Mini-challenges completed: Opening meme, Book and Beverage challenge, #Readmorewomen


#Readathon - October 2017: Starting hour 3

It's been two hours of reading so far, and I'm enjoying my first book. Slight interruption when the husband called from London, he sounds like he's having a good time. Apart from that, I've been able to really immerse myself in reading.

Pages read in the last hour: 78
Pages read so far: 177
Books read: Currently reading Fortune Favors the Wicked by Theresa Romain
Books completed: Half a book so far
Snacks consumed: Feta-and- courgette burgers with aioli and siracha for lunch
Mini-challenges completed: Opening meme, Book and Beverage challenge

#Readathon - October 2017: Opening meme

1) What fine part of the world are you reading from today?
As always - Oslo, Norway. I have cleared my schedule for the entirety of the 24 hours so I can really relax with my reading

2) Which book in your stack are you most looking forward to?
This may be the first Read-a-thon where I haven't really given that much thought to what I am going to be reading. There are more than 600 unread books on my e-reader, I have a selection of audio books to choose from and a large stack of unread comics.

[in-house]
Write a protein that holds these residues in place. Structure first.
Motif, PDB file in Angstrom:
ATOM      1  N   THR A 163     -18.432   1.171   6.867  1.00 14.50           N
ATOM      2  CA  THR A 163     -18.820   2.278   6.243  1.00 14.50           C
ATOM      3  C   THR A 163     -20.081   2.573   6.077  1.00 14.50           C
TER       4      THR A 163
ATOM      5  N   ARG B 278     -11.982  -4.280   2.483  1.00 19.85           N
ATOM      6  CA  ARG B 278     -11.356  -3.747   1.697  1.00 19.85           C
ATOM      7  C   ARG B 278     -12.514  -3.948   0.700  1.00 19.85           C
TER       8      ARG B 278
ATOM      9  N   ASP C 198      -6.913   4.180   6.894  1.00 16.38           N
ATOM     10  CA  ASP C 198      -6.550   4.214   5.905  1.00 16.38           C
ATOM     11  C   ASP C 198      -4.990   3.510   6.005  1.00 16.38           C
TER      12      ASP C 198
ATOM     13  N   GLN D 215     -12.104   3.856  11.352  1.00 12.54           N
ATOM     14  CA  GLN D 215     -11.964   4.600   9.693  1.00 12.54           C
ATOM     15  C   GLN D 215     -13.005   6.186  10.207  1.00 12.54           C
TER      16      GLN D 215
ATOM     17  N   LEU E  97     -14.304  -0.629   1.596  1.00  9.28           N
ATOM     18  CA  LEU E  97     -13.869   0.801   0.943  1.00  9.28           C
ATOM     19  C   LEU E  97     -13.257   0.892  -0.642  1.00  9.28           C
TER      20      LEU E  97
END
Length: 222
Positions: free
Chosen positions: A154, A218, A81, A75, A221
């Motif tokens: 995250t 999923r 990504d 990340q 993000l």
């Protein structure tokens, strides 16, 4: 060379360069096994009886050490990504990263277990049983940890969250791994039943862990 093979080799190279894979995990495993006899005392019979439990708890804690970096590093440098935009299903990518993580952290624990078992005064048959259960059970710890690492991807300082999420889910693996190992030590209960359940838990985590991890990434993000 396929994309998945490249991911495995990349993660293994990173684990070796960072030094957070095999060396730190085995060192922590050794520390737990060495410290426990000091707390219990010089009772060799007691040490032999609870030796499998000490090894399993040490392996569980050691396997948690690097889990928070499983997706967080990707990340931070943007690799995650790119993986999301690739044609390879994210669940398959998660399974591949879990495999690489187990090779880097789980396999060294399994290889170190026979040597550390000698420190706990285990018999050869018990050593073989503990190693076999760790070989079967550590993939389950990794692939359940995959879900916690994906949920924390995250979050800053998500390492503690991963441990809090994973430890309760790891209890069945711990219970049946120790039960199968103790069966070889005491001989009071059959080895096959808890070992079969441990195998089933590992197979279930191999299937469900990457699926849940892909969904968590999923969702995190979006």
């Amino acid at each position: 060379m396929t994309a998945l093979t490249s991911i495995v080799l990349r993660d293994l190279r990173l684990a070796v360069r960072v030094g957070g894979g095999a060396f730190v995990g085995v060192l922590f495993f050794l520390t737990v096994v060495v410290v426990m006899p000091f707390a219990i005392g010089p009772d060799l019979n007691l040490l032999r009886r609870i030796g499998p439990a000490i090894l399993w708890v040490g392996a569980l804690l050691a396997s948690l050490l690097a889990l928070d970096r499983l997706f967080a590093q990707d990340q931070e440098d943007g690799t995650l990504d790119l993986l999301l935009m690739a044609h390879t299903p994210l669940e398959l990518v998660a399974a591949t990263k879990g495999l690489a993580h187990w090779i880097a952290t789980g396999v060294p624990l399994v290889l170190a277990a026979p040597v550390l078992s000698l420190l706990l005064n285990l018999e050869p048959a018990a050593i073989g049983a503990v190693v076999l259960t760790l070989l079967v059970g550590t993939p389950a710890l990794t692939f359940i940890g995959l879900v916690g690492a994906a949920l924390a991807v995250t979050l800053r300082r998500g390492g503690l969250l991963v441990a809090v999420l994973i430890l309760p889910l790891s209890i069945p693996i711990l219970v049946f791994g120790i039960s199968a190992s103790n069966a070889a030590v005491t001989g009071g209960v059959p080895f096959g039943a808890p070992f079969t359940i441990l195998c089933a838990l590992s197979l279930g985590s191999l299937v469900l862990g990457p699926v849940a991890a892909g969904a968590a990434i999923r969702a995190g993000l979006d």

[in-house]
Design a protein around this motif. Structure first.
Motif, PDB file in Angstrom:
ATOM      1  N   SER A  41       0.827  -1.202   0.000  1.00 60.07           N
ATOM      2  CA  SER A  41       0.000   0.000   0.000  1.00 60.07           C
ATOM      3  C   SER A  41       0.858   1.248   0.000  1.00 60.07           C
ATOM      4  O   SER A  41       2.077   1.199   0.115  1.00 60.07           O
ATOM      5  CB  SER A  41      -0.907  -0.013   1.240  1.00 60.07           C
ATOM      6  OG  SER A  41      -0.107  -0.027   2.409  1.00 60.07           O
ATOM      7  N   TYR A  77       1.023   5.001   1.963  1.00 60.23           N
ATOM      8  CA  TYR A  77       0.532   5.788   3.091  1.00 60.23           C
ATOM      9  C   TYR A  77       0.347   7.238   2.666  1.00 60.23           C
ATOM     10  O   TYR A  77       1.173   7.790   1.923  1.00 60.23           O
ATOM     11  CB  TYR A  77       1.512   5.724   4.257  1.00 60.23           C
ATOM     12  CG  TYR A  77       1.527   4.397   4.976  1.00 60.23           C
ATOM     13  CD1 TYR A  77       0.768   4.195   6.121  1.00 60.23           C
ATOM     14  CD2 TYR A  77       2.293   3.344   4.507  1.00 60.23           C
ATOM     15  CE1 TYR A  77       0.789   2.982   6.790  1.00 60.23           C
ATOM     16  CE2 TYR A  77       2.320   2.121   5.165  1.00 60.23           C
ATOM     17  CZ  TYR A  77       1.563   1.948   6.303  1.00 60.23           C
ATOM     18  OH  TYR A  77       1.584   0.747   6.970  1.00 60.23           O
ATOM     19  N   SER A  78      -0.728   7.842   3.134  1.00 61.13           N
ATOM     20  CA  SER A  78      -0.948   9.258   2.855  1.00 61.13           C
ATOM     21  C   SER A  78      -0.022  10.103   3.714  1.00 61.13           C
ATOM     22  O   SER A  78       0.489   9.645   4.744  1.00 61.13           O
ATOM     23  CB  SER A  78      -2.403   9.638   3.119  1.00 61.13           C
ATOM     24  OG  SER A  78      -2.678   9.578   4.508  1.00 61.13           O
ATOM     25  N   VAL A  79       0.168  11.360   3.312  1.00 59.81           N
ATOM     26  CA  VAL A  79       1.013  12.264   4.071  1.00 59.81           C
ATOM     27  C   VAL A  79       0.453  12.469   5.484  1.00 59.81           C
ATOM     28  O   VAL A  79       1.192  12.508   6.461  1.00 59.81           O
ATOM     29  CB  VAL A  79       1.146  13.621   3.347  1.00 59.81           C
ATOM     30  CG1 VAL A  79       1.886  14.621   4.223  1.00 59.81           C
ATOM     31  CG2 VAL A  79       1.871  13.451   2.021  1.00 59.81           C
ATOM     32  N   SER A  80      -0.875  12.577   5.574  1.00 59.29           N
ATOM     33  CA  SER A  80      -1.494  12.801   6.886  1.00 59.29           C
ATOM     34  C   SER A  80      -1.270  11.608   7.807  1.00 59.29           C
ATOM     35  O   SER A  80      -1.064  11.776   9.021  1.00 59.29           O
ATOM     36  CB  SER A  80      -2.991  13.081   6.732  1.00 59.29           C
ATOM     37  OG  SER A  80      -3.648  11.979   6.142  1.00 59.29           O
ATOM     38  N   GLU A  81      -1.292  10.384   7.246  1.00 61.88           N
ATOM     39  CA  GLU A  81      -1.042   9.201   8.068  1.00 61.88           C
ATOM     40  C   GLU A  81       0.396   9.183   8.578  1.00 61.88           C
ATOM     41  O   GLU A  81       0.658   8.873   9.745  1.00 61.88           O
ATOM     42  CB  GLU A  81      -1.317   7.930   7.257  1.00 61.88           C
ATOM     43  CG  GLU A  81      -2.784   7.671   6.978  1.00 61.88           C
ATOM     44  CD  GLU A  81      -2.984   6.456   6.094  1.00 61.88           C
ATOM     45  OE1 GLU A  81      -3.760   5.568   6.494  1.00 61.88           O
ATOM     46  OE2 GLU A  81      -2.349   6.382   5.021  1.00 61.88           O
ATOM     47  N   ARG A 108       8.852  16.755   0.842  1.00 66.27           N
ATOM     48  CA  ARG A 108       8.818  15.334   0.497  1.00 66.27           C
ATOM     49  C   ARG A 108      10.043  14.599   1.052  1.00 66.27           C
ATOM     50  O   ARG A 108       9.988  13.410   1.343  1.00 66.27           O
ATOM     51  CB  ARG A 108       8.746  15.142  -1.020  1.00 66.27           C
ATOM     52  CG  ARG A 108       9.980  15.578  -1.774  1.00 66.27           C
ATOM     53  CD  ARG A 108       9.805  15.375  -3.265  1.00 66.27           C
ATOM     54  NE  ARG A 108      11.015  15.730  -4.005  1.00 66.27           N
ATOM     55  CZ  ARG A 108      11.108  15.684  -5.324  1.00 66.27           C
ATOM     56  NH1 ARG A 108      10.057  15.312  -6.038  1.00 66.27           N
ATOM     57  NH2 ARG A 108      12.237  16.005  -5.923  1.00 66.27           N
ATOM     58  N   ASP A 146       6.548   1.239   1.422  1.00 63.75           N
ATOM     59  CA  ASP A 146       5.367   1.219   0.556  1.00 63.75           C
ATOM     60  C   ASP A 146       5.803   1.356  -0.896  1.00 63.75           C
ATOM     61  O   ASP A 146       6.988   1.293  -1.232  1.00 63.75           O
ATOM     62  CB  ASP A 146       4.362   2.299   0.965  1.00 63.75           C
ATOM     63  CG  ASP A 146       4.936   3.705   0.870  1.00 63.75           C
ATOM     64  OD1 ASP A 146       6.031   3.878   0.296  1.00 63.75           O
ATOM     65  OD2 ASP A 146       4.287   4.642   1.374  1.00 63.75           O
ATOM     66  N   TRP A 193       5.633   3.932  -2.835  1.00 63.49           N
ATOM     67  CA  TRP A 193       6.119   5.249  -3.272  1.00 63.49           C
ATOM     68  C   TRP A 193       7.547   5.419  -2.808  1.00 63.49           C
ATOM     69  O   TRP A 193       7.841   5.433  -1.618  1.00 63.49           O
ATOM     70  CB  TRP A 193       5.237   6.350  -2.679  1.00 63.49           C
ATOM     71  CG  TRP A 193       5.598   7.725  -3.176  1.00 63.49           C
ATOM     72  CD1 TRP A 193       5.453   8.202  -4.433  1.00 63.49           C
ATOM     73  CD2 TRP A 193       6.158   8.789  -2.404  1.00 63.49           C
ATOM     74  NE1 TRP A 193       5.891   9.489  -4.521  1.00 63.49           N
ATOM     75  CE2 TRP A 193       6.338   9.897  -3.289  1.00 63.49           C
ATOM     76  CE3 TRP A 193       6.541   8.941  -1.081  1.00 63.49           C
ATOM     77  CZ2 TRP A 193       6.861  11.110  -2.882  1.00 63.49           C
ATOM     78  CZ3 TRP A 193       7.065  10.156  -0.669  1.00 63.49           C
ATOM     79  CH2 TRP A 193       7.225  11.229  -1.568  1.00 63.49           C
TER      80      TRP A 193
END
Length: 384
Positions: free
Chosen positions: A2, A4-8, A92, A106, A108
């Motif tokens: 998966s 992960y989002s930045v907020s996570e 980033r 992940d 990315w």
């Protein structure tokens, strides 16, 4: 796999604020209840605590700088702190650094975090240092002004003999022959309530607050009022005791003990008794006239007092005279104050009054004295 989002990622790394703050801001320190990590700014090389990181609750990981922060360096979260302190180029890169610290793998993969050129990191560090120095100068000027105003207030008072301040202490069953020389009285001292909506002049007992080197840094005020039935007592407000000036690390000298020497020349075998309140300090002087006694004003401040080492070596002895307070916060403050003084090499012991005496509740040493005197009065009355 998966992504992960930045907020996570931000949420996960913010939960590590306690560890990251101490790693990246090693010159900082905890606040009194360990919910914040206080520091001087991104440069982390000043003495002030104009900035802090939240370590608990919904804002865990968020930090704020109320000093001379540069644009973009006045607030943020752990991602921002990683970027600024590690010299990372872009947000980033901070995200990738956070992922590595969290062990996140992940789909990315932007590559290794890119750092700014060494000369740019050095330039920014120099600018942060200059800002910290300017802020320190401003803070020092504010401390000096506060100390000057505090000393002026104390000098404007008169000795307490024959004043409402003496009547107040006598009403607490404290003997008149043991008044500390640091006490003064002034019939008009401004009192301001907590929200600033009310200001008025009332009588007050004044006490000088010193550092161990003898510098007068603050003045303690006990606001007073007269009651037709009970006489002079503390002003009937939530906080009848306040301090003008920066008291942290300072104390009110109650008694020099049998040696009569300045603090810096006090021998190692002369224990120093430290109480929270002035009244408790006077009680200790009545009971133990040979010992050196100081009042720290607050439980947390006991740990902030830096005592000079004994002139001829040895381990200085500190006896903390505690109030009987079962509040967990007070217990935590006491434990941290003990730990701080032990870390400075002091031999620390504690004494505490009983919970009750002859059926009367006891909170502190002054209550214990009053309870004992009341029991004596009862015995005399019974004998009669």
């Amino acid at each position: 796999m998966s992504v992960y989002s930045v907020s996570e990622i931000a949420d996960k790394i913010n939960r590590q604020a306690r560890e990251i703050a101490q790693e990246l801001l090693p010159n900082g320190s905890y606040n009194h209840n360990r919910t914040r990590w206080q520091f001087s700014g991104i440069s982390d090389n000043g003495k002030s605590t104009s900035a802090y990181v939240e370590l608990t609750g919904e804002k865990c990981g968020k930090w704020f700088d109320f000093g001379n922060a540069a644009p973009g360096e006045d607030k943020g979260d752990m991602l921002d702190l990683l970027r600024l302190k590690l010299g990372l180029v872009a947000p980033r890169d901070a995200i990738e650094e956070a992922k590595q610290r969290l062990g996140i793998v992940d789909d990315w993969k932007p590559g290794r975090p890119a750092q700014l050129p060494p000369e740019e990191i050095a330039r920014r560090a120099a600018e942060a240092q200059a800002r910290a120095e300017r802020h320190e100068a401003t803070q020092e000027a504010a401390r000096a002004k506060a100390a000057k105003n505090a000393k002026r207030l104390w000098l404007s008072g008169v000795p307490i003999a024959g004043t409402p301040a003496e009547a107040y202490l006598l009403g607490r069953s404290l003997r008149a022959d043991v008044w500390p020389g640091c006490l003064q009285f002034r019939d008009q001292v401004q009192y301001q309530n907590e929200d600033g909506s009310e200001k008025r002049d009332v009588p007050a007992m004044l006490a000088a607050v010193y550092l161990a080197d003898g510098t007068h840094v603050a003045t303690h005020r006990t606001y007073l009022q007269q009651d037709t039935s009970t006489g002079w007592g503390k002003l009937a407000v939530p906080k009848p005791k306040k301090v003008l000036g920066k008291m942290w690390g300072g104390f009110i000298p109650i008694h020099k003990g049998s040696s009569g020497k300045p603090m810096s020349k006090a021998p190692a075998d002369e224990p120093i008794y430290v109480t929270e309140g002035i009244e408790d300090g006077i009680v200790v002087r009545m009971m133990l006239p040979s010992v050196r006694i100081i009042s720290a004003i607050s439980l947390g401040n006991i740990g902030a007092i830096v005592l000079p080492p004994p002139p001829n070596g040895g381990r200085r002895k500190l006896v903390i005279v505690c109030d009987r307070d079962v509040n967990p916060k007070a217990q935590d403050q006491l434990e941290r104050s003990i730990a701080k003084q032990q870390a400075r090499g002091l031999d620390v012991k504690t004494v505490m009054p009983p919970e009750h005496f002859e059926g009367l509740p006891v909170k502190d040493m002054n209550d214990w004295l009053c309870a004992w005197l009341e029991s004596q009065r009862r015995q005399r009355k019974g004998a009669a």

3) Which snack are you most looking forward to?
I have all the ingredients ready prepped for home made pizza, that I will make later, when I need a break. I think of all the things I have lined up, I'm most looking forward to that.

4) Tell us a little about yourself?
I'm a secondary school teacher. My husband is currently away in England (less distractions). We have two cats and a baby on the way. In the last few months, I have not gotten to read as much as I wanted, and I'm really looking forward to getting some proper reading time today.